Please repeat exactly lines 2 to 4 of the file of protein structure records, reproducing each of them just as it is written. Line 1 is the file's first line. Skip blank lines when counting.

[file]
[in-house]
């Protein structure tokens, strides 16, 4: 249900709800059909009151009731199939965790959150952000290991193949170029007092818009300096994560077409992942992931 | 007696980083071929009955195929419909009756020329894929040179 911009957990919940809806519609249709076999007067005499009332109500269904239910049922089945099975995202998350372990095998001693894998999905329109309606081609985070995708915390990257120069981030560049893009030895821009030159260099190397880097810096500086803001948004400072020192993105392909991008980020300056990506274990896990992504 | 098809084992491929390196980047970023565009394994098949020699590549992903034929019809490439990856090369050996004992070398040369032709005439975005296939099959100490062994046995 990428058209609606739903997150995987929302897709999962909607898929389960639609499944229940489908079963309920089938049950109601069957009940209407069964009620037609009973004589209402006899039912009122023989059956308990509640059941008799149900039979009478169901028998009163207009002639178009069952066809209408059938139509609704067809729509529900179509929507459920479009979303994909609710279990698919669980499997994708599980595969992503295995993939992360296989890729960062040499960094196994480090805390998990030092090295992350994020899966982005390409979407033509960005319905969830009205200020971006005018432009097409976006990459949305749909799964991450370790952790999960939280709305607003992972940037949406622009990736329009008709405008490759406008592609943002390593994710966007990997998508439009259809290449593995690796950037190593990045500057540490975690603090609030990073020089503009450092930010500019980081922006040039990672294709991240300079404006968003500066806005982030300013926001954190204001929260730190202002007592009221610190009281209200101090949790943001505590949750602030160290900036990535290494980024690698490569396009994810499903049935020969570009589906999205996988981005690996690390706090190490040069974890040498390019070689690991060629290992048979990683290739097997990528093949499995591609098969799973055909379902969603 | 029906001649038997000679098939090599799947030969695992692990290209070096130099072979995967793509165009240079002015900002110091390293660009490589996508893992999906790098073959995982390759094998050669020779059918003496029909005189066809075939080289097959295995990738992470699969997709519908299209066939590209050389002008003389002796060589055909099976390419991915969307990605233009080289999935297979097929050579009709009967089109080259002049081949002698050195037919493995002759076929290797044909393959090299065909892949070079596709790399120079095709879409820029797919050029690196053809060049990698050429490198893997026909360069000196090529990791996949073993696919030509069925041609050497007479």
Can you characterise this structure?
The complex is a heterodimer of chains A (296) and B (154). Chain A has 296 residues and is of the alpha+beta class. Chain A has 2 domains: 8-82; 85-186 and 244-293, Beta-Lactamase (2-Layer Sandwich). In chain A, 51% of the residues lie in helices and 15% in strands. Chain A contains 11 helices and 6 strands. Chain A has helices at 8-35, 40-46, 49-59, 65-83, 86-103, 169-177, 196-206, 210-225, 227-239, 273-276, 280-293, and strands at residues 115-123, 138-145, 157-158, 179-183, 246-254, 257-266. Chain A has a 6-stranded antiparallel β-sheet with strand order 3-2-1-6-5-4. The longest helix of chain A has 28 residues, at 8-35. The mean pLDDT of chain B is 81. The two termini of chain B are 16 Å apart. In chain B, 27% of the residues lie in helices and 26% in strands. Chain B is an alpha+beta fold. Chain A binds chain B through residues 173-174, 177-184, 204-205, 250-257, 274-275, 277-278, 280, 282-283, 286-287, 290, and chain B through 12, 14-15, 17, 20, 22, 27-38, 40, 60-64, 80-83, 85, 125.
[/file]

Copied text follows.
């Protein structure tokens, strides 16, 4: 249900709800059909009151009731199939965790959150952000290991193949170029007092818009300096994560077409992942992931 | 007696980083071929009955195929419909009756020329894929040179 911009957990919940809806519609249709076999007067005499009332109500269904239910049922089945099975995202998350372990095998001693894998999905329109309606081609985070995708915390990257120069981030560049893009030895821009030159260099190397880097810096500086803001948004400072020192993105392909991008980020300056990506274990896990992504 | 098809084992491929390196980047970023565009394994098949020699590549992903034929019809490439990856090369050996004992070398040369032709005439975005296939099959100490062994046995 990428058209609606739903997150995987929302897709999962909607898929389960639609499944229940489908079963309920089938049950109601069957009940209407069964009620037609009973004589209402006899039912009122023989059956308990509640059941008799149900039979009478169901028998009163207009002639178009069952066809209408059938139509609704067809729509529900179509929507459920479009979303994909609710279990698919669980499997994708599980595969992503295995993939992360296989890729960062040499960094196994480090805390998990030092090295992350994020899966982005390409979407033509960005319905969830009205200020971006005018432009097409976006990459949305749909799964991450370790952790999960939280709305607003992972940037949406622009990736329009008709405008490759406008592609943002390593994710966007990997998508439009259809290449593995690796950037190593990045500057540490975690603090609030990073020089503009450092930010500019980081922006040039990672294709991240300079404006968003500066806005982030300013926001954190204001929260730190202002007592009221610190009281209200101090949790943001505590949750602030160290900036990535290494980024690698490569396009994810499903049935020969570009589906999205996988981005690996690390706090190490040069974890040498390019070689690991060629290992048979990683290739097997990528093949499995591609098969799973055909379902969603 | 029906001649038997000679098939090599799947030969695992692990290209070096130099072979995967793509165009240079002015900002110091390293660009490589996508893992999906790098073959995982390759094998050669020779059918003496029909005189066809075939080289097959295995990738992470699969997709519908299209066939590209050389002008003389002796060589055909099976390419991915969307990605233009080289999935297979097929050579009709009967089109080259002049081949002698050195037919493995002759076929290797044909393959090299065909892949070079596709790399120079095709879409820029797919050029690196053809060049990698050429490198893997026909360069000196090529990791996949073993696919030509069925041609050497007479």
Can you characterise this structure?
The complex is a heterodimer of chains A (296) and B (154). Chain A has 296 residues and is of the alpha+beta class. Chain A has 2 domains: 8-82; 85-186 and 244-293, Beta-Lactamase (2-Layer Sandwich). In chain A, 51% of the residues lie in helices and 15% in strands. Chain A contains 11 helices and 6 strands. Chain A has helices at 8-35, 40-46, 49-59, 65-83, 86-103, 169-177, 196-206, 210-225, 227-239, 273-276, 280-293, and strands at residues 115-123, 138-145, 157-158, 179-183, 246-254, 257-266. Chain A has a 6-stranded antiparallel β-sheet with strand order 3-2-1-6-5-4. The longest helix of chain A has 28 residues, at 8-35. The mean pLDDT of chain B is 81. The two termini of chain B are 16 Å apart. In chain B, 27% of the residues lie in helices and 26% in strands. Chain B is an alpha+beta fold. Chain A binds chain B through residues 173-174, 177-184, 204-205, 250-257, 274-275, 277-278, 280, 282-283, 286-287, 290, and chain B through 12, 14-15, 17, 20, 22, 27-38, 40, 60-64, 80-83, 85, 125.